Quite a few of my (Pieter Boels) family members work in creative fields: art, product design, architecture. My parents are interior architects. Looking back I think growing up in consciously designed environments really shaped my view of the world and my aesthetic sensibilities. Like most children, I drew a lot, and I attended weekly art classes throughout my entire youth until I went to college. There were always more drawings than notes in my school books. After a failed year at law school (no clue why I tried it, but I did end up with a lot of drawings) my eyes opened and I enrolled at graphic design at St-Lucas Antwerpen.
After graduating in 2008 I worked at a design agency for a couple of years. And for a short while as an in-house designer at M HKA (Museum of Contemporary Art Antwerp) before starting to work freelance in 2013.
When did you first get into design?
It was only after visiting an open school day at St-Lucas Antwerpen in my early twenties that I realised I could actually pursue a career as a creative professional. Subconsciously I was always a graphic designer. Back in the days when CD-Rs were still a thing, I used to make (horrible, mostly R&B) music compilations with custom – also horrible but even more hilarious – artwork. And before that, around the age of twelve or thirteen, I tried to set up a business in selling drawings I made of The Simpsons characters at school. Surprisingly unsuccessful.
Is there any work you’re particularly proud of?
One of my first big projects as a freelancer was designing the collection catalogue for M HKA, an overview of 25 years of collecting contemporary art. I had never before designed an entire book, especially not of that magnitude – both figuratively and literally – so it was quite a challenge. I learned a lot during that project and made a lot of mistakes too. Being my first proper book it will always remain special.
Also, when someone gets something I’ve designed tattooed on his or her body, that humbles the shit out of me.
In your view, what were your biggest challenges?
Deciding what to make for dinner is the biggest hurdle I face, Every. Single. Day.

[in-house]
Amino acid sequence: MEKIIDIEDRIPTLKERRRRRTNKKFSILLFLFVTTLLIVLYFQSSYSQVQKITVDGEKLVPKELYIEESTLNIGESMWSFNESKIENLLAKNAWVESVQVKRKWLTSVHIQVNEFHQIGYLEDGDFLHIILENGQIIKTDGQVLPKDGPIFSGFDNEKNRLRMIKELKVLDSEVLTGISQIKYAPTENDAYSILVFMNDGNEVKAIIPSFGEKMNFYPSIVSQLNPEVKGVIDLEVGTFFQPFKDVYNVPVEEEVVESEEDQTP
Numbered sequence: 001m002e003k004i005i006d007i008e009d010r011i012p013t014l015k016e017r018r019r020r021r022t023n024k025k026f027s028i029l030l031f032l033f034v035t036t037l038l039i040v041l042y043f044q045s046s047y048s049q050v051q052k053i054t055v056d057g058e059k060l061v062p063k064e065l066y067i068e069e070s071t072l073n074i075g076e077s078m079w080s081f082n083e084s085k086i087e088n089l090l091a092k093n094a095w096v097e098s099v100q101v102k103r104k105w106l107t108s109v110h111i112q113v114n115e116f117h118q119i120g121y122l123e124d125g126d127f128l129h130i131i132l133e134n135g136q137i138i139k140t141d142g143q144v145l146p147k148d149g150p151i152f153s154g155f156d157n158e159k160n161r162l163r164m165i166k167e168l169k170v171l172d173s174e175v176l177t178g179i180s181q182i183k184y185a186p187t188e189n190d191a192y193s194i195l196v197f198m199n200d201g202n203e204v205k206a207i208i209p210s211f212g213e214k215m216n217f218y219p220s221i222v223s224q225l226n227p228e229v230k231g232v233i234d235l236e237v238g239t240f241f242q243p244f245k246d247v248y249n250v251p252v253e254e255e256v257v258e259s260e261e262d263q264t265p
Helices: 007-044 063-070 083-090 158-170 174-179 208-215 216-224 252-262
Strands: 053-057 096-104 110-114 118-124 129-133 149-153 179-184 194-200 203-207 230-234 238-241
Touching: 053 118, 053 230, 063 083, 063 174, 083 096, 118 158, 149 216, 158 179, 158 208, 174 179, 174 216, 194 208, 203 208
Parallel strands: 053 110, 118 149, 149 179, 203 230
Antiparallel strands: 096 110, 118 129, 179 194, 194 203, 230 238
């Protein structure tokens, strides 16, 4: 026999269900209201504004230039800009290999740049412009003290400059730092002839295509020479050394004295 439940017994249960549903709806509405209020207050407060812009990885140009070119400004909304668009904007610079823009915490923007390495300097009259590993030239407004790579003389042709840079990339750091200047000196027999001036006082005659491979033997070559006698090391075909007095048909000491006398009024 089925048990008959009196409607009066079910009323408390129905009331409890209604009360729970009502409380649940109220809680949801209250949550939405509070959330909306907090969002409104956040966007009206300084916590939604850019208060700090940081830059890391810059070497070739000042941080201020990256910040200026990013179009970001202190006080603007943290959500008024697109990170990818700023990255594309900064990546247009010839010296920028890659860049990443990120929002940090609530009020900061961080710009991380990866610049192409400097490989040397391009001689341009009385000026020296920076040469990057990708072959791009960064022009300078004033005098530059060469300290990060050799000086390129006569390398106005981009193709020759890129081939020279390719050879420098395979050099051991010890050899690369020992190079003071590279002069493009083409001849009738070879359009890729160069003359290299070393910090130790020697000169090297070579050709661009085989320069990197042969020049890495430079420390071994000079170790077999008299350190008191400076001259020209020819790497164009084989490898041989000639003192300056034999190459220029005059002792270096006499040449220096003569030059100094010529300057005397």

Other than that there’s the struggle most designers can relate to. Finding interesting jobs, educating clients, delivering excellent work with non-existent budgets and unrealistic deadlines. Not to mention that you get undervalued as an expert. Because everybody’s fifteen-year-old nephew/neighbour knows how to open Photoshop too.
But in the end, the ultimate challenge for me has nothing to do with these exterior factors. It’s overcoming the limitations I have made up in my mind. I believe that everything I want to achieve is within reach. And that it’s not confined to what most people think is ’realistic’. In the words of Rodney Mullen: — The biggest obstacle to creativity is breaking through the barrier of disbelief.
What inspires you?
A huge cliché but so very true. People who are driven by a passion for what they do, it’s contagious. When I was younger I was jealous when I saw someone create amazing things (and make it look easy). Nowadays it fires up my engine and makes me practice harder so I can become better. At the same time, I try not to look around too much for inspiration. Instead, I search within myself for ideas and solutions. That’s not easy in a world where we are continuously bombarded with visuals. However, I’ve learned it makes my work more authentic.
Discover the work of Pieter Boels